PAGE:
Eighty percent of success is just showing up. – Woody Allen
I’m actually not a huge Woody Allen fan. I don’t even know anyone who is, if I’m honest. Perhaps I grew up in the wrong generation or something. I think there’s a lot to be said for the maxim though, so I’ll take it! Particularly since, in an always-on, always connected-world – the concept of showing up is absolutely critical to the success of your on and increasingly your offline business.
In my last post I talked about how you need to be producing enough content to get your customer through the buying process, in terms of time. But there’s another way of thinking about this. Instead of focusing on how much time it takes your potential customer to make a buying decision, you can think about how many times they need to be touched instead.
What’s a touch?
In the real or physical world – a touch is self explanatory. It’s a hand on the shoulder or a tap on the knee required to momentarily capture someone’s attention so that you can say to them “hey – look over here!”
It’s only in the online space that things get a bit more complicated. What’s the equivalent of a hand on the shoulder, a tap or a pointy finger in Facebook or on Google? Touches can come in many forms. They could be a post, a status, a video, a picture, an advert, a long or short form article, a search result, a PPC, a tweet, a Pin…
The list goes on and on. But the concept remains the same. It’s a light (or heavier) touch intended to redirect someone’s attention to your product or service.
The rules of touching
It’s fairly straightforward really. But there’s a couple of other things that need to be taken into consideration. We need to think about trust a little bit, and also the context within which the touch takes place. Because touching without trust may cause offence. And likewise if the context isn’t right – touching might be considered inappropriate!
And this is where we come back to Woody Allen. No – not with the inappropriate touching… With the showing up maxim!
Build a relationship
Your prospective customer may not know who you are the first time you get their attention. You need to build up trust with them by being everywhere they are and by providing them with high quality content.
In the same way as you might woo a prospective partner, you’ll want to figure out who the friends of your prospect are, what they like, where they hang out and when – so that you (or rather, your content) can be seen at the same times, in the same places, being shared, liked or commented on by the same people.
When you achieve this, you develop social proof, which is just another way of saying your prospect thinks you are like them. That also means they will begin to trust you, your brand, your product or service as a result.
Be context aware
In parallel with trust, it’s important to take into account the circumstances or the route via which your prospect has arrived at your doorstep. This has always been an important factor, but there are some considerations peculiar to the online space. Primarily, the impact of mobile devices.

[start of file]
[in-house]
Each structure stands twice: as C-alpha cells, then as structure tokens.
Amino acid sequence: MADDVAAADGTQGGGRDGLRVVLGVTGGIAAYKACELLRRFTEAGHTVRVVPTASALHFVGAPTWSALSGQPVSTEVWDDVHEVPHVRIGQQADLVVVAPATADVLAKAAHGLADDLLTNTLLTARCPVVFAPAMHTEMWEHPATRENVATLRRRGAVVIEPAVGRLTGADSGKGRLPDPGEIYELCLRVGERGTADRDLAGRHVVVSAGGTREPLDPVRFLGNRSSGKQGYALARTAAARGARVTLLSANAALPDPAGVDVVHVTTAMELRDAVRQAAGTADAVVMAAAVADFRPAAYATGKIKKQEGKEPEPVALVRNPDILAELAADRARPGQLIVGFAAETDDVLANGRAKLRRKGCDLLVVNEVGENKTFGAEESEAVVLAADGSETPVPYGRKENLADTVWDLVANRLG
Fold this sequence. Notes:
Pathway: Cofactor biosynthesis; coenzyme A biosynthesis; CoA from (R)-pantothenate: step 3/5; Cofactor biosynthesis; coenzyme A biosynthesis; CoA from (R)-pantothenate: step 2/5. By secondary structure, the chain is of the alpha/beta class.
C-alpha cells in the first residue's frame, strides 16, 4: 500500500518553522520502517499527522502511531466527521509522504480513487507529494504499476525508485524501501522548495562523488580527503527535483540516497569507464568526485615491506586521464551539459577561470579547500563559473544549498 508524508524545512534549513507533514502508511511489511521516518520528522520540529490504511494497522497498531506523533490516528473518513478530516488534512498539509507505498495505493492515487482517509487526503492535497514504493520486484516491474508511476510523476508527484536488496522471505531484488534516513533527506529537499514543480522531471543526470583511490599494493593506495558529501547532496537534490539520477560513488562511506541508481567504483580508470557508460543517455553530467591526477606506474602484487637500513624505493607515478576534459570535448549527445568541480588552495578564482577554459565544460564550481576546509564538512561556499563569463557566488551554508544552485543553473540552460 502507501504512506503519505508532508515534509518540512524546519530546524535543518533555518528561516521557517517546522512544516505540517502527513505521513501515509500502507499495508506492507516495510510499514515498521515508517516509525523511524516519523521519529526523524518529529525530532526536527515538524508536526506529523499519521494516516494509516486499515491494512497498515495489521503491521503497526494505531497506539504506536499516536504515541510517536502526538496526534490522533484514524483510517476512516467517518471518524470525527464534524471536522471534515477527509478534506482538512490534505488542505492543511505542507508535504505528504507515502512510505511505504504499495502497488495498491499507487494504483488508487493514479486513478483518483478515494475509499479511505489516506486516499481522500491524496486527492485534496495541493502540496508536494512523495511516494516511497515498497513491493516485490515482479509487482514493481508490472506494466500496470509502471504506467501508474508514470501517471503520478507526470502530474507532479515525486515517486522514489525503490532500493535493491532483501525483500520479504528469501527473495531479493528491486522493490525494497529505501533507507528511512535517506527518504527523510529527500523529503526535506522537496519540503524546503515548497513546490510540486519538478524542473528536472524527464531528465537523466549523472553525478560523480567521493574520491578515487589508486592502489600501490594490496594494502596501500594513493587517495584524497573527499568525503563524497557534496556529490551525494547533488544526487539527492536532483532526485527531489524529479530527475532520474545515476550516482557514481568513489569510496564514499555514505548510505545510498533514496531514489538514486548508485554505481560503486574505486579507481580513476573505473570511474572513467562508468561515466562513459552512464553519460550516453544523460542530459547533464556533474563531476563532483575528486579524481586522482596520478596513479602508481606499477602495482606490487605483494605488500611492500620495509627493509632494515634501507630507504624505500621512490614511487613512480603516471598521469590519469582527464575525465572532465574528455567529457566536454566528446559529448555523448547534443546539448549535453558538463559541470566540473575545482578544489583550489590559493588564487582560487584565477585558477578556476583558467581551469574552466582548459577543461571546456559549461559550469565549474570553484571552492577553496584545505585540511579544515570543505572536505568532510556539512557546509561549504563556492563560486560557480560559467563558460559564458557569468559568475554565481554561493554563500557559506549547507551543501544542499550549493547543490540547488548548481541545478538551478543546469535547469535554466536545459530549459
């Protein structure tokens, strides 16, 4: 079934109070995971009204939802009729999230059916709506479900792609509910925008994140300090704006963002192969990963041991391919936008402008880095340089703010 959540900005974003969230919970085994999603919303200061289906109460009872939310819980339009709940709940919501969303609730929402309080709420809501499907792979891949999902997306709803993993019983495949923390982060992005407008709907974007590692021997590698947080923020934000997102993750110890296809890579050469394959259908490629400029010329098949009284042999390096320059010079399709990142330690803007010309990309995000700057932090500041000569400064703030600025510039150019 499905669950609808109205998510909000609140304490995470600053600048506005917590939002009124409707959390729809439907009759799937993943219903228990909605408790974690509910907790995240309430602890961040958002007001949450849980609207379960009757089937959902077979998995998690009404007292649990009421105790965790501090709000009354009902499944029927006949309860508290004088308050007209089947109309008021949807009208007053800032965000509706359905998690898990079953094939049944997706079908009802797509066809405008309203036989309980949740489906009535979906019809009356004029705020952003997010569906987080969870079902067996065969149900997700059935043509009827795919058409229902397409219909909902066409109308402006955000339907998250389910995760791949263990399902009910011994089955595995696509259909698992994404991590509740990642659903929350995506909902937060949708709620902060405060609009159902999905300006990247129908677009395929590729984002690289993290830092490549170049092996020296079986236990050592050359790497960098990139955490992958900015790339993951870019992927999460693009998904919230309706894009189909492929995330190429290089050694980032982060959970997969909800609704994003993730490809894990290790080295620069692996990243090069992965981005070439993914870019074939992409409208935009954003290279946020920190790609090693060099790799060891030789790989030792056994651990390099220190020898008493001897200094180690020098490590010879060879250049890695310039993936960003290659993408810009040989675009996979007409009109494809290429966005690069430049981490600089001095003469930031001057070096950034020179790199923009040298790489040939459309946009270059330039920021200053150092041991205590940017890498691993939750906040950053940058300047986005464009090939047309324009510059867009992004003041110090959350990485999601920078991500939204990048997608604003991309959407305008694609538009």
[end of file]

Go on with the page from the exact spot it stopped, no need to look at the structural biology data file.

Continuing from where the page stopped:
These days, when your potential customer is looking for a solution to their problem, it could be anywhere, anytime, and it could be from a multitude of applications or services. It wasn’t so long ago that even on a mobile device, a prospect would search via their browser – probably using Google. But now they can search within whatever application they’re using at the time: Facebook, Twitter, Maps or using a service specific to the brand of phone; Siri for example.
How does that affect your touching? Think about how your content will be displayed both on the device and also within the application. If your touch is via LinkedIn for example, it should have a different look and feel to a Facebook or a Twitter post.
Specifically, things like the image formatting will make a difference, and also the headline. As a rule of thumb, think clickbait for Facebook, more professional for LinkedIn.
Getting past first base
Ultimately what we’re looking to do is to steer the potential customer towards a buying decision. Depending on the business, that path is likely to take many forms. In the e-commerce space it might look like this for example:
- Customer needs a thing
- Customer thinks about potential options
- Customer does some research to narrow down choices
- Customer looks for recommendations and other online material relating to their problem
- Customer may visit a retail outlet to see and touch the thing
- Customer may buy the thing at the outlet or
- Customer may carry out further online research
- Customer buys thing while they’re online
You can see from that hypothetical journey that the customer is spending an awful lot of time online, reading and considering their options. That’s your opportunity to be there for them. Providing them with the information, the support, the touch that they need to guide them towards the right decision.
And that’s why it’s so important to keep showing up. It’s not just because if you don’t then your competitors will. It’s even more important than that. You have to keep showing up because if your prospect doesn’t trust you, or hasn’t become aware of your product or service in a context that makes sense to them – they won’t buy from you.
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P.S If you're interested in learning more about performance testing, checkout my Performance Testing 101 course here.